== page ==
Mr Lobov, the judge said, had not persuaded the court that the tweets complained about are clearly defamatory, and there was no reasonable basis for apprehending that the tweets would injure Mr Lobov’s reputation in the eyes of reasonable members of society.
"No reasonable member of society would attach any significance to these tweets," he added.
Mr Justice Simons also added that while he was of the belief that Mr McGregor was entitled to recover his costs of the application, he would hear the parties as to the question of costs in January.
Opposing the application, Mr McGregor's lawyers claimed the injunction application was "wholly unsustainable", raised issues concerning the freedom of speech and expression and that there were other alternative remedies available to Mr Lobov.
Mr Lobov claimed Mr McGregor has no defence to the application and that the orders sought by the plaintiff should be granted by the court.
In his action, Mr Lobov claimed that on November 26th last, several posts were put on Mr McGregor's account by way of voicenote where it is alleged the Dubliner sings "Artem is ra-at nah nah nah nah, hey, nah nah nah nah hey rat" repeated 12 times.
Mr McGregor has also allegedly referred to Mr Lobov as being a rat in other posts, posted between late November and December 15th last on his Twitter account, which has 9.7 million followers.
The court also heard that a picture of Mr Lobov superimposed on a packet of raw sausages was also posted on Mr McGregor's Twitter account.
In other messages posted on the account, it is claimed Mr McGregor calls Mr Lobov a little blouse, a turn coat, an uncooked sausage, makes references to court proceedings concerning the parties, and challenges the plaintiff to a fight.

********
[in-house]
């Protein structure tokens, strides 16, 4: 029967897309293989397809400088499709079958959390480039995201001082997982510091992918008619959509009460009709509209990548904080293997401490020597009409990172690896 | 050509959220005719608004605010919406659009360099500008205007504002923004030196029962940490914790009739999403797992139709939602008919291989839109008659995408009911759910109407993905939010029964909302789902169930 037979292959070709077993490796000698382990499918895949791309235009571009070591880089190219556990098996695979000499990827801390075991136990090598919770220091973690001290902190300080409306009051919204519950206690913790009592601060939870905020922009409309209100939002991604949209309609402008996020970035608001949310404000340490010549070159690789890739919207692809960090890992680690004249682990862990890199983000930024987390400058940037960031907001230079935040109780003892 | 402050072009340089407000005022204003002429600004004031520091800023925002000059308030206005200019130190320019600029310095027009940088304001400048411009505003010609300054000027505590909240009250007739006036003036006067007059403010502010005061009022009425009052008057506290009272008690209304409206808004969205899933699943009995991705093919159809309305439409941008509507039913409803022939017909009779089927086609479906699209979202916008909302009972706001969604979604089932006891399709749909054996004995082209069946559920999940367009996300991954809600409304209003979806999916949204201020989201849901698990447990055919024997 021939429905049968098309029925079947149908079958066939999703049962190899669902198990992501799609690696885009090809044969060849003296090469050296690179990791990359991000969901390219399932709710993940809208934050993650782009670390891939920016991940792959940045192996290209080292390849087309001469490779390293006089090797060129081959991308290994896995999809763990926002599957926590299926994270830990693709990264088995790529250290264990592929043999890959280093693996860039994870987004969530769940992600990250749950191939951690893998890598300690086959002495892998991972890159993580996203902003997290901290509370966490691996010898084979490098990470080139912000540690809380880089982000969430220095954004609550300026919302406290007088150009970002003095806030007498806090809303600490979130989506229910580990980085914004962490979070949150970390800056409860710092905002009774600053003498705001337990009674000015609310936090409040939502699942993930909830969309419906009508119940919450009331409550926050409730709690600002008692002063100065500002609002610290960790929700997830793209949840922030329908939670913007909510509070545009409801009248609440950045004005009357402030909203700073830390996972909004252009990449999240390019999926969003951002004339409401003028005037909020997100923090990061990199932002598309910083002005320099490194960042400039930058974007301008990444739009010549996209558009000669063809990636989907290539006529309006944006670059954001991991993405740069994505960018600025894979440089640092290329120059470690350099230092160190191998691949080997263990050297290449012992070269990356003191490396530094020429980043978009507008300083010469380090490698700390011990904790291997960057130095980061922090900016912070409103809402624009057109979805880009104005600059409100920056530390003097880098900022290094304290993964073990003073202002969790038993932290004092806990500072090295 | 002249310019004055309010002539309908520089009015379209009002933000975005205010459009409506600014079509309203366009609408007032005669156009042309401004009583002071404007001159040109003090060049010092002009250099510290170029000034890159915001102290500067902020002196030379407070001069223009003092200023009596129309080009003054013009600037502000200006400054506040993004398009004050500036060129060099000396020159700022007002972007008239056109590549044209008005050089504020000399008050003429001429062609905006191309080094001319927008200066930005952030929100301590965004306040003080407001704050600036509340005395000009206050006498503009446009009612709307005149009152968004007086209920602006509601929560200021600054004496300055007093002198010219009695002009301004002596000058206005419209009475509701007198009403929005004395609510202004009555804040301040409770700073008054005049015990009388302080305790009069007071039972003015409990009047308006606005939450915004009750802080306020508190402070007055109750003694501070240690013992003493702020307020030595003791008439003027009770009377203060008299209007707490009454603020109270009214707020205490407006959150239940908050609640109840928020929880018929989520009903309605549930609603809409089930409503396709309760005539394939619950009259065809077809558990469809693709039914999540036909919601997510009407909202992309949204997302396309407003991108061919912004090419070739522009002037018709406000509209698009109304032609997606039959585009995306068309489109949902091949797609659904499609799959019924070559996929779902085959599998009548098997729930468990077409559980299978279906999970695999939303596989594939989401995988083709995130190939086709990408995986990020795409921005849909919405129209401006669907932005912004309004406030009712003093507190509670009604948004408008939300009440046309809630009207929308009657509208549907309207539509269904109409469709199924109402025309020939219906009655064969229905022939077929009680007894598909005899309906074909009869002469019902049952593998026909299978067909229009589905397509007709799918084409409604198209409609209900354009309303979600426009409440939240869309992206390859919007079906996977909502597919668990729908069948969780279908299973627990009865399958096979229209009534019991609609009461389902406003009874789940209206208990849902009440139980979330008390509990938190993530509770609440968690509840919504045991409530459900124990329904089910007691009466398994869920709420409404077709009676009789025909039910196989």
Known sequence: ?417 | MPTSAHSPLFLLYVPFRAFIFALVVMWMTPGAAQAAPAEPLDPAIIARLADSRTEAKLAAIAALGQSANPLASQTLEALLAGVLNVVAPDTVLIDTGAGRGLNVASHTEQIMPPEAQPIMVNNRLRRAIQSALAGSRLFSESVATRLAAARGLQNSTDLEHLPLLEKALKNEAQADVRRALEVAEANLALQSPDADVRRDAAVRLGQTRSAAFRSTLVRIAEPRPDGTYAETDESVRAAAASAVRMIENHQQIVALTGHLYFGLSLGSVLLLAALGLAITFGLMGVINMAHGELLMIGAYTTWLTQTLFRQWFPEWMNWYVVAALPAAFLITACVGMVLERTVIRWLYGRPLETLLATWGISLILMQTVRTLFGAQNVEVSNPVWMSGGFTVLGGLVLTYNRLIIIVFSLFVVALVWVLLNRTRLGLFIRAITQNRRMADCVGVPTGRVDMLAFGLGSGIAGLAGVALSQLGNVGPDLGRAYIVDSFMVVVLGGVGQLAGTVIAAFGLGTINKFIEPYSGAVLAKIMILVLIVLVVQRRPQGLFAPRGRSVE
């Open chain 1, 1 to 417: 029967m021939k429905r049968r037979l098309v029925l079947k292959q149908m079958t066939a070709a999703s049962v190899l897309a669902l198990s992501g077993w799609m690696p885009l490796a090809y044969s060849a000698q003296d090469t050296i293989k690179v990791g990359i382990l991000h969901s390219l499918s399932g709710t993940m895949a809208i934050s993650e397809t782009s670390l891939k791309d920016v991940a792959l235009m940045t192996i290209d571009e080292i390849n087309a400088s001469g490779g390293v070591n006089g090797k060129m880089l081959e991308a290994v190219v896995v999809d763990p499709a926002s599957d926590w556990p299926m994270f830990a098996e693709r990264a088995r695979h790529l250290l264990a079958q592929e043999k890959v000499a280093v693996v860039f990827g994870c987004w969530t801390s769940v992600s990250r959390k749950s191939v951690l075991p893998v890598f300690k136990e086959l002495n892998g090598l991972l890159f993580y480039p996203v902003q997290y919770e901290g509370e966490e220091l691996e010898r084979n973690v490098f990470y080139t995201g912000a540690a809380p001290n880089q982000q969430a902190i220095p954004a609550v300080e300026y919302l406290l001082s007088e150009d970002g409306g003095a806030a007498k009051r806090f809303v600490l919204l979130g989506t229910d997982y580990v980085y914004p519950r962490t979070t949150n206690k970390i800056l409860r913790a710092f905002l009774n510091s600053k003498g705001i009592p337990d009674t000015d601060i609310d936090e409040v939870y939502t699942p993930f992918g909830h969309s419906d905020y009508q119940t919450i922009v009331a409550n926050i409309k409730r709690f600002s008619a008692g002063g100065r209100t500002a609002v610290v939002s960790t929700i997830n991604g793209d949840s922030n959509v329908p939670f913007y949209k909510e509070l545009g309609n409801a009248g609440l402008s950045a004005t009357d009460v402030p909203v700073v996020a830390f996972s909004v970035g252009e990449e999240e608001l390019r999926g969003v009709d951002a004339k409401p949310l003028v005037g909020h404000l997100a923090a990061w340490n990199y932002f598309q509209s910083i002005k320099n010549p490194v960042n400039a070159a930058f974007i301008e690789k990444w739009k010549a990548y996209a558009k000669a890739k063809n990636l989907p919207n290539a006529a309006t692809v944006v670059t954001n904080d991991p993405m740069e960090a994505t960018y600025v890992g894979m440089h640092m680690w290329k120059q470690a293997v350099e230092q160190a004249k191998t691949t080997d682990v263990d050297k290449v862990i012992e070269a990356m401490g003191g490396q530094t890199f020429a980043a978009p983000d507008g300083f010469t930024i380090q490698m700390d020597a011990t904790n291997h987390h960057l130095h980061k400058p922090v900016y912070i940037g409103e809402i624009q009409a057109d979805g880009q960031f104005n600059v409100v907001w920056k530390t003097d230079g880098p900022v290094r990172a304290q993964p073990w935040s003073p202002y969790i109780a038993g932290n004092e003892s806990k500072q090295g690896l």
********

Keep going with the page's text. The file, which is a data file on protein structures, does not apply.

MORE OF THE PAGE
Mr Lobov also claims that as part of the campaign against him on Twitter and Instagram, Mr McGregor's father Tony McGregor also sent him pictures of a rat, a snake and rats.
Mr Lobov sought an undertaking from Mr McGregor to cease and desist from posting such material. Mr Lobov's lawyers claimed they had received no reply from Mr McGregor.
The court heard the parties have known each other for many years, and had been close friends and sparring partners.
In proceedings that came before the Commercial Court earlier this month, Mr Lobov claims Mr McGregor, along with two other shareholders, sold the 'Proper No 12' whiskey brand for $600 million (€584 million) to Proximo Spirits in 2021.
The deal reportedly netted Mr McGregor $130 million (€123 million), making him the highest earning sportsman in the world last year.
Mr Lobov claims Mr McGregor told him: "Remember 5 per cent is yours, no matter what" when the pair discussed the future of a new brand of Irish whiskey backed by Mr McGregor.
Mr Lobov, seeking specific performance of an oral agreement he claims the two men made when they met in the SBG gym, Naas Road, Dublin in September 2017.
The court heard Mr Lobov was offered €1 million by Mr McGregor, but had refused the offer.
Mr McGregor denies Mr Lobov's claim, adding that in a message from Mr Lobov stated he did not want anything from the deal.
However, Mr Lobov failed to get his case admitted to the fast-track Commercial Court list due to delay in bringing the case which now goes through the normal High Court list.